Friday, May 16, 2003
DPW noncommittal on Maple Street
Department of Public Works Superintendent Gary Davis is a man of few words when it comes to replacement of the collapsed culvert on Maple Street. So if anyone is hoping to resume use of that scenic route from East Street to Bedford Road sometime soon, he shouldn't count on its being open. Granted that some residents of Maple Street are happy with the year-long ban on through traffic, phone calls received at the Mosquito suggest that they do not constitute a majority of the population.
In a brief telephone interview earlier this week, Davis was gently reminded that during a November 7 public hearing before the Conservation Commission, in which he received final approval of engineering specifications for a 16-foot pre-cast concrete replacement structure with new footings and headwalls, he had estimated that the structural work could be completed in about a week once all the materials were on site, and if the weather cooperated the road might even be paved before winter closed in. Davis gave a wry, "Yeah, I know," and then, in turn, reminded the interviewer of the early advent of a uniquely severe winter, the resulting high water in Page's Brook that made construction impossible and finally an unanticipated need to revise the specs for one of the footings.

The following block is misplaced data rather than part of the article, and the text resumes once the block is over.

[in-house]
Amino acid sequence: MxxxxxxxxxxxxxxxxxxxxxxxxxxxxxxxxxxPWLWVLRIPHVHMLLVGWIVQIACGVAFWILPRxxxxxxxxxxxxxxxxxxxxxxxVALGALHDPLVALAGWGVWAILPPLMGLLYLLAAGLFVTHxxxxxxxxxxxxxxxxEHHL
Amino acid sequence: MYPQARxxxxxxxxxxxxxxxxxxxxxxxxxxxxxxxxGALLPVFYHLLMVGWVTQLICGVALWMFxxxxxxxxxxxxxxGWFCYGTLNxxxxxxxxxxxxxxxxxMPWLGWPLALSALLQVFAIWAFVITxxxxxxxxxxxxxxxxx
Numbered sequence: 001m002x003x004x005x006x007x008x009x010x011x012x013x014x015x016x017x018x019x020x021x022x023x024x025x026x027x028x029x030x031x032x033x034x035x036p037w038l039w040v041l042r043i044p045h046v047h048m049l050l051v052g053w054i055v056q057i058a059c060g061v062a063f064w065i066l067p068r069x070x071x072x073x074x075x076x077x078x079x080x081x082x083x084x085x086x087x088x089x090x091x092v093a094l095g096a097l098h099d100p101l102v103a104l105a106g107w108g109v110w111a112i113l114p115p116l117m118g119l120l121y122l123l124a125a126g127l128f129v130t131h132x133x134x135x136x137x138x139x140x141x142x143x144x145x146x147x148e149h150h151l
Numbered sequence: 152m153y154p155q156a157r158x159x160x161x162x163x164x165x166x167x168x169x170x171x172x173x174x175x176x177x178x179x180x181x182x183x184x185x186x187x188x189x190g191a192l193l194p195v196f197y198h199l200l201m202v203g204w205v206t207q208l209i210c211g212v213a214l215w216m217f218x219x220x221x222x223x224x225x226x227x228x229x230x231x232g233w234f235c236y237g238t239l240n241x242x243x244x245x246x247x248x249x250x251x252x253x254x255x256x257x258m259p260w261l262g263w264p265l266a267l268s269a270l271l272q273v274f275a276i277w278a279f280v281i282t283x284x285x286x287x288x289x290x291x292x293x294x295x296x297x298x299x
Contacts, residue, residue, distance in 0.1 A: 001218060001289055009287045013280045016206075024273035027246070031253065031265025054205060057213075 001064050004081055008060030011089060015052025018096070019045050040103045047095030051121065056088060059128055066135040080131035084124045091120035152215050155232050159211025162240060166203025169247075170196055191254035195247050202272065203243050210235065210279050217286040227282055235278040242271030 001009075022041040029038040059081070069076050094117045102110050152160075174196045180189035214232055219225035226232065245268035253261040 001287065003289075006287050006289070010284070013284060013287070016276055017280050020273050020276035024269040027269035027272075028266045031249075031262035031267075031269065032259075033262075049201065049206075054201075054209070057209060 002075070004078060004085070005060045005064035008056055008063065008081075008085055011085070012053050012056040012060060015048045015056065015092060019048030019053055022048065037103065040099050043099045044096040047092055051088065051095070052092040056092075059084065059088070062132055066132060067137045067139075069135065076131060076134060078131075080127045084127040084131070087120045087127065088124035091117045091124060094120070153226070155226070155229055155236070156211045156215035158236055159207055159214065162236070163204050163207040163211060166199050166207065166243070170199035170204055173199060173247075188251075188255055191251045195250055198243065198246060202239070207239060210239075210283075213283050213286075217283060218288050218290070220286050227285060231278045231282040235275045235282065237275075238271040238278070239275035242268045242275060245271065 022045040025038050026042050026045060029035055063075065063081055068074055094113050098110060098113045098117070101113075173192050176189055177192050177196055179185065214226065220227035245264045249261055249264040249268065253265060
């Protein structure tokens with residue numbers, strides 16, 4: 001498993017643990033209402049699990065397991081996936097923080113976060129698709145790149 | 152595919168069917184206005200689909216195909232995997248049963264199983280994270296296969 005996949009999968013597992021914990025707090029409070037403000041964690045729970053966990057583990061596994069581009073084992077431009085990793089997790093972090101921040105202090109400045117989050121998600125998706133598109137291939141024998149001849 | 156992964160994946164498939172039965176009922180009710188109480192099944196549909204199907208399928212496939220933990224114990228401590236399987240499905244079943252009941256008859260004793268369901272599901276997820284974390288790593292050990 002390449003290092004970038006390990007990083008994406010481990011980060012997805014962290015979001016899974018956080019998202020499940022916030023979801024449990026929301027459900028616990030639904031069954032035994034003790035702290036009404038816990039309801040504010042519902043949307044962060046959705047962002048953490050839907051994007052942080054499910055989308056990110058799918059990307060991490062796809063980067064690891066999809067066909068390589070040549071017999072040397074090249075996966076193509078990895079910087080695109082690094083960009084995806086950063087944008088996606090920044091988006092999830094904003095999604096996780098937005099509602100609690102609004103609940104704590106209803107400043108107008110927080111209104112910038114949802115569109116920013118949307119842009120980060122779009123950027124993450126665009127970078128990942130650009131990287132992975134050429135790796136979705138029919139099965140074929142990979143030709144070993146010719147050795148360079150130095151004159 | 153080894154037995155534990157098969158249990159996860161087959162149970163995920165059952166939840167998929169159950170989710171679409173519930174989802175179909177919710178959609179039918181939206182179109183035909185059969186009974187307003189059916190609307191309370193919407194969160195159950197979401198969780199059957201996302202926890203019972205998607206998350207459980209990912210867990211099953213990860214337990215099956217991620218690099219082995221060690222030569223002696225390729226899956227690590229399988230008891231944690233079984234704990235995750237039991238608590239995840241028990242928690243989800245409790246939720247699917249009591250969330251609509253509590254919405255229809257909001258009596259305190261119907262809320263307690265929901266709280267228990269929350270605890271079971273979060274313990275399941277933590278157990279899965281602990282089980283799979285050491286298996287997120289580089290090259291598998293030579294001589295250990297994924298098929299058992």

Asked if the waters were now low enough to allow the work to get under- way, he was noncommittal but did say he would "get the machinery down there sometime next week." To a follow-up question as to whether the materials for the job were now on hand, he responded in the affirmative, adding that only a few minor and easily accessible items remained to be acquired. With these positive auguries established, the interviewer's next question seemed logical, "When do you expect the project might be completed?"
Davis's first reply was predictable. "I don't want to give a definite date. I've been proven wrong too many times before." To a plea for some kind of broad estimate, he responded that "difficult scheduling problems" made it impossible to say, then added that he knew the newspaper was trying to get a definite date, but reiterated that he was not prepared to name one. Pressing him but trying not to be obnoxious, the interviewer then asked, "Well, could you say whether we're talking weeks or months?' The answer, delivered firmly and in an equally good-natured tone, was, "I said I would get the machinery out there next week • That's my answer."
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